Sanders, other U.S. Democratic 2020 candidates back workers in dispute with McDonald's

WASHINGTON (Reuters) - As a part of a push to increase the minimum wage for American workers, Bernie Sanders, a U.S. senator and Democratic presidential candidate, on Thursday waded into a dispute between McDonald’s Corp and its employees.

The logo of a McDonald's Corp restaurant is seen in Los Angeles, California, U.S. October 24, 2017. REUTERS/Lucy Nicholson

Sanders, one of the two dozen Democrats running for the Democratic presidential nomination, held a virtual town hall, taking questions from McDonald’s workers in Dallas who protested the company’s annual shareholders’ meeting.

“You guys are being exploited,” Sanders, speaking from Washington, told the workers.

McDonald’s is under fire from activist groups for failing to protect workers from sexual harassment and violence. Employees at the company are also demanding higher pay, and are backed by a labor organizing group, Fight for $15, which is pushing 2020 presidential candidates to support a $15 national minimum wage and advocate for union rights.

As of Thursday morning, hundreds of McDonalds workers had walked off the job, according to the group.

Other 2020 Democrats have gotten involved. On Thursday, Julian Castro, the former secretary of Housing and Urban Development, appeared with striking McDonald’s workers in North Carolina.

New York City Mayor Bill de Blasio and Washington state Governor Jay Inslee were scheduled to stand with workers later in the day in Des Moines and Chicago, respectively.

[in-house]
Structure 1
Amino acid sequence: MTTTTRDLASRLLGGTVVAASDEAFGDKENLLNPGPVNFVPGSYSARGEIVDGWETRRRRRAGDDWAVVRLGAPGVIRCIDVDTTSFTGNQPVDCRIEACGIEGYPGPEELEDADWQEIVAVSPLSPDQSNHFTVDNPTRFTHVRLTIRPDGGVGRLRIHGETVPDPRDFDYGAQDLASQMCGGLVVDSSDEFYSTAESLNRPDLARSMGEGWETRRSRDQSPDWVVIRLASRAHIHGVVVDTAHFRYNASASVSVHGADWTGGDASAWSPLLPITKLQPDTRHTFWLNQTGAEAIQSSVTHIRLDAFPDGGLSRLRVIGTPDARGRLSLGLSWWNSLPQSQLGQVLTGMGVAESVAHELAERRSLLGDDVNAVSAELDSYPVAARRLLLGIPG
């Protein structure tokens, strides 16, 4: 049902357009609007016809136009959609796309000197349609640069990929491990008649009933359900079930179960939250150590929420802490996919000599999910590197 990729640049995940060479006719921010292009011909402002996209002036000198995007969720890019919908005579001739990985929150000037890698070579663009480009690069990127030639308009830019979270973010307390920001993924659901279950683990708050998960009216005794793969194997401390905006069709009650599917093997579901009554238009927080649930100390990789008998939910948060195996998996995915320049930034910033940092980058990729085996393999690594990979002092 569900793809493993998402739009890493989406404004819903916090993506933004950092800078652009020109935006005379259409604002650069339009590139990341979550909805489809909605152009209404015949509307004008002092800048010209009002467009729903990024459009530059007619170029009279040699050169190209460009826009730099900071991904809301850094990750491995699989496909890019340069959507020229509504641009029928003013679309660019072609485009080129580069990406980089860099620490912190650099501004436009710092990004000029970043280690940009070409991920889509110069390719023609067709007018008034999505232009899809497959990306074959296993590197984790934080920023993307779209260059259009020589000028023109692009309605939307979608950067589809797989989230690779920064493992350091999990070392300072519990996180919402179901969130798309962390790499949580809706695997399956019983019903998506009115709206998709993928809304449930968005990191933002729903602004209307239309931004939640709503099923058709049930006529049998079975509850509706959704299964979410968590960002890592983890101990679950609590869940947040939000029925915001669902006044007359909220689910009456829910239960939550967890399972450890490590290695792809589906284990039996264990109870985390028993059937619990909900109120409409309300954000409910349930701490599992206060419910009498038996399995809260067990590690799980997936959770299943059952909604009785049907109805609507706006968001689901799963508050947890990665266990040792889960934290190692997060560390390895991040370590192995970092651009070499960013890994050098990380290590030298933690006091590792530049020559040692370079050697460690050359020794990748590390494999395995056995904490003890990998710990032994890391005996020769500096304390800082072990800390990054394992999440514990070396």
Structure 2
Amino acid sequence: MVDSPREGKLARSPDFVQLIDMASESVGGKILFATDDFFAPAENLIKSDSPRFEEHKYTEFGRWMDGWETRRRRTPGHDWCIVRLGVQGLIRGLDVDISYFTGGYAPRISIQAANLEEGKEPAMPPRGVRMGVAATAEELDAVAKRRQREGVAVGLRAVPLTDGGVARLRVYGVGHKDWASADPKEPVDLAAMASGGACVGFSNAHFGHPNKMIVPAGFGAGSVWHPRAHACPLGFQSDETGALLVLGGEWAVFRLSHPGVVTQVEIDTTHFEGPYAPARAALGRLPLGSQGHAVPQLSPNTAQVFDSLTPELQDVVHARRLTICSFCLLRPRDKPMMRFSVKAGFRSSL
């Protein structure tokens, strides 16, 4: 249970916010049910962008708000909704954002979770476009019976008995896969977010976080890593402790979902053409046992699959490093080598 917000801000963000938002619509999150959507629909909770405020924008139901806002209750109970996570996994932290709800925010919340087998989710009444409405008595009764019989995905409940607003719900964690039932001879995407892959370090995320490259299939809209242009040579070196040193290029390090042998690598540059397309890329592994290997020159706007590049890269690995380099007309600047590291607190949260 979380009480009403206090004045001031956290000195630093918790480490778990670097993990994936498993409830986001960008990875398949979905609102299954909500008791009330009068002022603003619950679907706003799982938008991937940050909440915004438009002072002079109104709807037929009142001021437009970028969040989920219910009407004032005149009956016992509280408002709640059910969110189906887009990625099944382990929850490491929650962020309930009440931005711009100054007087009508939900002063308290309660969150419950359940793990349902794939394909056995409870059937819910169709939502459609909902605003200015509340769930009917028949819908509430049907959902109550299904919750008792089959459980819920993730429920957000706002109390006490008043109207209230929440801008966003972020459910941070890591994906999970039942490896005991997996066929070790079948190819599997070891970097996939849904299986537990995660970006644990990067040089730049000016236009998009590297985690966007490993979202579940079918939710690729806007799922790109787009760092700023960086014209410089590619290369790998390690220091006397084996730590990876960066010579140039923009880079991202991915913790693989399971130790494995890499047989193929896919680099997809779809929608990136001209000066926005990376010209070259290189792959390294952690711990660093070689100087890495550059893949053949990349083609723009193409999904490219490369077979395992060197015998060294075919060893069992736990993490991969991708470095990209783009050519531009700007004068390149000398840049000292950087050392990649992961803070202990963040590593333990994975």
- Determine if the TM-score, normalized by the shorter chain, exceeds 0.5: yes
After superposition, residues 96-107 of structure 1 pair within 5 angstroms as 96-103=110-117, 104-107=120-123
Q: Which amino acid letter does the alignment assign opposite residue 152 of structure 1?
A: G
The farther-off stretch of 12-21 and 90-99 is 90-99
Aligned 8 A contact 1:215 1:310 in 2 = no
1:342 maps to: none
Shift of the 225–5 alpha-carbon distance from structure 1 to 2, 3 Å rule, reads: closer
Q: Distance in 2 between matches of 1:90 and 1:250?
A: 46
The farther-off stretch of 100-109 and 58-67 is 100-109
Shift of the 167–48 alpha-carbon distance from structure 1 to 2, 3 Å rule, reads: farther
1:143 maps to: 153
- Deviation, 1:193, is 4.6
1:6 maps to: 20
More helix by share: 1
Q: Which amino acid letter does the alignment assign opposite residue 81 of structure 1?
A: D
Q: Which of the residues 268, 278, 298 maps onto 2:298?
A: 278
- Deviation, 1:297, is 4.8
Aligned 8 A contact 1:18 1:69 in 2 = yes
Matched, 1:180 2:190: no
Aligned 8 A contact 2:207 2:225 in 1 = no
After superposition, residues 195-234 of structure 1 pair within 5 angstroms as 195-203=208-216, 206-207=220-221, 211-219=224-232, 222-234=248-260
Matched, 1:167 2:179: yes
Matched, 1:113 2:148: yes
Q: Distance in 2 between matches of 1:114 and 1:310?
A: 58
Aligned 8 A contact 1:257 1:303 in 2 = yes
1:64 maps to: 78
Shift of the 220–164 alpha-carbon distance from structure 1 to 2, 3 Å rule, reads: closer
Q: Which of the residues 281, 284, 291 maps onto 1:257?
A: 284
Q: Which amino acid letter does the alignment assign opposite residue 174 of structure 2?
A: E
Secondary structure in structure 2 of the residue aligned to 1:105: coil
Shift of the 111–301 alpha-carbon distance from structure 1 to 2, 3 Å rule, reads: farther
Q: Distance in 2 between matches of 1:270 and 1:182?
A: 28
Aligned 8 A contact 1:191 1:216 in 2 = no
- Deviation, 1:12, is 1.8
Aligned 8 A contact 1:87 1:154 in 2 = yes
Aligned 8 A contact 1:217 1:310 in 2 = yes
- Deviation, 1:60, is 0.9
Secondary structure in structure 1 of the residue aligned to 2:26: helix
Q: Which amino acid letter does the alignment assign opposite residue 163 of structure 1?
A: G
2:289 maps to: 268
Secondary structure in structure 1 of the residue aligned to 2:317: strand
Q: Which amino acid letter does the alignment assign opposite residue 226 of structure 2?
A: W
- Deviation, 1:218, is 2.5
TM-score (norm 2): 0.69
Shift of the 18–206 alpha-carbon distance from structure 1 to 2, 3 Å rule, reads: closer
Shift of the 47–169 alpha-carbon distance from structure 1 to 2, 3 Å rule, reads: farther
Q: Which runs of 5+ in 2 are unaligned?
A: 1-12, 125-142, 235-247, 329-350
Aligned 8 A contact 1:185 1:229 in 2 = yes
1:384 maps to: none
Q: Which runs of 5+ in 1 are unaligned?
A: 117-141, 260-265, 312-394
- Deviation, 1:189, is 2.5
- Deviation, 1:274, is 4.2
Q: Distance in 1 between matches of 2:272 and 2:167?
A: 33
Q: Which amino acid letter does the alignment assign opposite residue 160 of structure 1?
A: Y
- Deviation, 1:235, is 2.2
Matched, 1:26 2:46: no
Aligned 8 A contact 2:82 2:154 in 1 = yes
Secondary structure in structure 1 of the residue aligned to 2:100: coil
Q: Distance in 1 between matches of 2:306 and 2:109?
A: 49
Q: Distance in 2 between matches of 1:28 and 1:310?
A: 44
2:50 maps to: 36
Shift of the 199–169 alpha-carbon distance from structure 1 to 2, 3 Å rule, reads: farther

Sanders has made workers’ rights and raising the minimum wage centerpieces of his presidential campaign.

“If elected president, trust me, every worker in this country will make at least $15 an hour, and people will have the right to join unions,” said Sanders. He added that he would be part of an effort to pressure the fast-food industry to raise wages.

The current federal minimum wage is $7.25 an hour.

Chicago-based McDonald’s said it has more than 14,000 locations in the United States with some 850,000 workers.

Since more than 90 percent of its restaurants are franchised, the company has maintained, it cannot set wage rates, bargain collectively with unions or be responsible for the behavior of employees in its franchises.

On Tuesday, more than two dozen McDonald’s workers across the country represented by Fight for $15 filed complaints of sexually harassment by coworkers or managers. Five of the workers filed lawsuits and the others lodged complaints with the U.S. Equal Employment Opportunity Commission or with state agencies.

The company did not immediately respond to a request for comment on the candidates’ actions or the labor protests generally.

Reporting by James Oliphant; Editing by Jeffrey Benkoe